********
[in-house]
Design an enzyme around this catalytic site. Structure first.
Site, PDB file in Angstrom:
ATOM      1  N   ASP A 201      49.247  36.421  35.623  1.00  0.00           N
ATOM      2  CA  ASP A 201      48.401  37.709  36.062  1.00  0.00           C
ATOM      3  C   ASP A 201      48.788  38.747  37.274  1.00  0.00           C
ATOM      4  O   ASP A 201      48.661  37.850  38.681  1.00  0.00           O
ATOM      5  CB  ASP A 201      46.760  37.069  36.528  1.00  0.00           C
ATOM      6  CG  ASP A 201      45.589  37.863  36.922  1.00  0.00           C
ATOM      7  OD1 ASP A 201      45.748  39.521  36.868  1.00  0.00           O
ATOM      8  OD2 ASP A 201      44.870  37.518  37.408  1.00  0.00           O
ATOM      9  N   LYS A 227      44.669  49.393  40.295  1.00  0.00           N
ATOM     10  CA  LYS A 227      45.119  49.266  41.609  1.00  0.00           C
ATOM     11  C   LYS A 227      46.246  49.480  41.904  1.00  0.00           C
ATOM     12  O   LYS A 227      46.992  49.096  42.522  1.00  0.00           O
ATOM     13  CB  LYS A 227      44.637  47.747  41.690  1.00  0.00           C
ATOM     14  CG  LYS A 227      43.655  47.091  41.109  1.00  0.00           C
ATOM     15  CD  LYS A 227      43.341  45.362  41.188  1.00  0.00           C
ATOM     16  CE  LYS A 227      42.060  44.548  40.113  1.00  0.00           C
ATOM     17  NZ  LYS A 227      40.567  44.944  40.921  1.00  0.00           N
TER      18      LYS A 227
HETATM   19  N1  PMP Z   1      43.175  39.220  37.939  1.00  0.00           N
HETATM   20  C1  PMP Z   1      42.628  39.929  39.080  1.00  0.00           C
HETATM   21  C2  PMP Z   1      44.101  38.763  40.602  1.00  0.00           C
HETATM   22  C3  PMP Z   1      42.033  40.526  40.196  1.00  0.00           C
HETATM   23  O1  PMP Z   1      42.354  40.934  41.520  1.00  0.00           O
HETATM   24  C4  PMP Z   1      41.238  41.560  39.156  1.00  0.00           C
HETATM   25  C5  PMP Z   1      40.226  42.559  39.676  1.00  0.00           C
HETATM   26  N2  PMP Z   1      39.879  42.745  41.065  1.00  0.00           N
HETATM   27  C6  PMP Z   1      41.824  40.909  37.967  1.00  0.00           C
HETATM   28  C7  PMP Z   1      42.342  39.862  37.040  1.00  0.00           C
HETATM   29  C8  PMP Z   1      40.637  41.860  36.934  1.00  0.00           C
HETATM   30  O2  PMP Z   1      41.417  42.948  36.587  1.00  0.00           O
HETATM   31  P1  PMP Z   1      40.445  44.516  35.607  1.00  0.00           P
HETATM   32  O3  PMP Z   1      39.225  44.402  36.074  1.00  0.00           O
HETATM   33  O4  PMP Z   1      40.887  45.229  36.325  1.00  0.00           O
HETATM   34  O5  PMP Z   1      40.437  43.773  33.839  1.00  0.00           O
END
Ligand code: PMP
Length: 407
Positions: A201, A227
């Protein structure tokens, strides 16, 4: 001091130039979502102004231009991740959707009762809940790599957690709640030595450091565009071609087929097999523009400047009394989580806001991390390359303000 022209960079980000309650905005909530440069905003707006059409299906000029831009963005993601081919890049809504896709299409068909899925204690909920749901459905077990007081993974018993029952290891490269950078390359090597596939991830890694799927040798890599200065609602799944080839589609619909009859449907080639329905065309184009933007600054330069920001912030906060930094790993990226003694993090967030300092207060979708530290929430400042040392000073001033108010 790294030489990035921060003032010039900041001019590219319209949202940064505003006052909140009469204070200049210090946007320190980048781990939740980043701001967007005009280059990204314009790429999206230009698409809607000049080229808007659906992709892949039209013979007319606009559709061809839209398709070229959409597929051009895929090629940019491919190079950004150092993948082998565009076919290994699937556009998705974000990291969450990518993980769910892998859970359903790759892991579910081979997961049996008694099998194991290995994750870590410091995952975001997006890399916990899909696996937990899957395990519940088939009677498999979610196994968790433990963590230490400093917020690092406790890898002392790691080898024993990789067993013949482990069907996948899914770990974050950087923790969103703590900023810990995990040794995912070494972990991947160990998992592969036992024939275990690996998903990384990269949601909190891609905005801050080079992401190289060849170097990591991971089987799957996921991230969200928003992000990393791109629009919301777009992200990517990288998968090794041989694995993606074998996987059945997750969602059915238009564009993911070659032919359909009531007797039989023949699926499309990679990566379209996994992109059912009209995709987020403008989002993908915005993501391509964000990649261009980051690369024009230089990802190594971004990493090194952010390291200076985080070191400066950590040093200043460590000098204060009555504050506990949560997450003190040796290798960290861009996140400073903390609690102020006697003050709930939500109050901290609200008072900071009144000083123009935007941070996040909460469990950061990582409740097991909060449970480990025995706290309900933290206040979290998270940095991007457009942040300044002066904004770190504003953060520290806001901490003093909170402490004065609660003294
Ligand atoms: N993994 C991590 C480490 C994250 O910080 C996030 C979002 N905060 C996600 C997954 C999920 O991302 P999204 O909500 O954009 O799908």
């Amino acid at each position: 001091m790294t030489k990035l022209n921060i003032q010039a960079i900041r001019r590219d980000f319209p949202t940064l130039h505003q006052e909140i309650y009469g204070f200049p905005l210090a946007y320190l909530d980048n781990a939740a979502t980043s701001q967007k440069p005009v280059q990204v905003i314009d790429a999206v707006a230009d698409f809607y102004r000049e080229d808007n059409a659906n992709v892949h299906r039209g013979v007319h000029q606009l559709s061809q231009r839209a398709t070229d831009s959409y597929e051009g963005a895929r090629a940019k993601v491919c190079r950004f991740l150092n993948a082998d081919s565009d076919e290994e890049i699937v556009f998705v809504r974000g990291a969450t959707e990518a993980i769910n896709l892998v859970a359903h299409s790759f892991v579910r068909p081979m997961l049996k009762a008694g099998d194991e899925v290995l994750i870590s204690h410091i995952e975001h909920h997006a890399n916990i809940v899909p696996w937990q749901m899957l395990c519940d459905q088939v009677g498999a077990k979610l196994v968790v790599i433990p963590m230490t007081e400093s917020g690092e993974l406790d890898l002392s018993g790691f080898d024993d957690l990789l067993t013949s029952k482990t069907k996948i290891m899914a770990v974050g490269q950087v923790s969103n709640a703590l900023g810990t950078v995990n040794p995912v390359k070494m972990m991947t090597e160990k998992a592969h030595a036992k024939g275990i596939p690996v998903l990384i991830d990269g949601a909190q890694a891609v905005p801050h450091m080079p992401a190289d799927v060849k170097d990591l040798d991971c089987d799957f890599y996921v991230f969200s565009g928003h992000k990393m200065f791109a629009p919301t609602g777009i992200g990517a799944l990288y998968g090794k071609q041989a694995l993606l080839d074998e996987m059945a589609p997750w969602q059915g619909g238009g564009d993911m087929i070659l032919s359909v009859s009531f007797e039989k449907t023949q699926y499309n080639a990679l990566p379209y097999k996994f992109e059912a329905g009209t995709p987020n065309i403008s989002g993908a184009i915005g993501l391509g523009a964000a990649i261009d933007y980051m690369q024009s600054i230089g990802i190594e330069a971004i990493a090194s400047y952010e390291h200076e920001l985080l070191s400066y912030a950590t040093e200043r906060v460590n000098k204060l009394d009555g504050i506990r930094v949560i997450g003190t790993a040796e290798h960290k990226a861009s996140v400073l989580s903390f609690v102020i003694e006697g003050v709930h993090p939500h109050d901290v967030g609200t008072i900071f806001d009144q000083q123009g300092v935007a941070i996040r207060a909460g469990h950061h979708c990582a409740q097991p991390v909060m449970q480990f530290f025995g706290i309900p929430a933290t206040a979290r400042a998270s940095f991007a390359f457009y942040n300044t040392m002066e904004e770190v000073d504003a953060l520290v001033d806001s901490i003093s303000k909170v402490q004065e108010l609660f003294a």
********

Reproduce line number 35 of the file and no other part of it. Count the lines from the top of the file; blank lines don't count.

HETATM   32  O3  PMP Z   1      39.225  44.402  36.074  1.00  0.00           O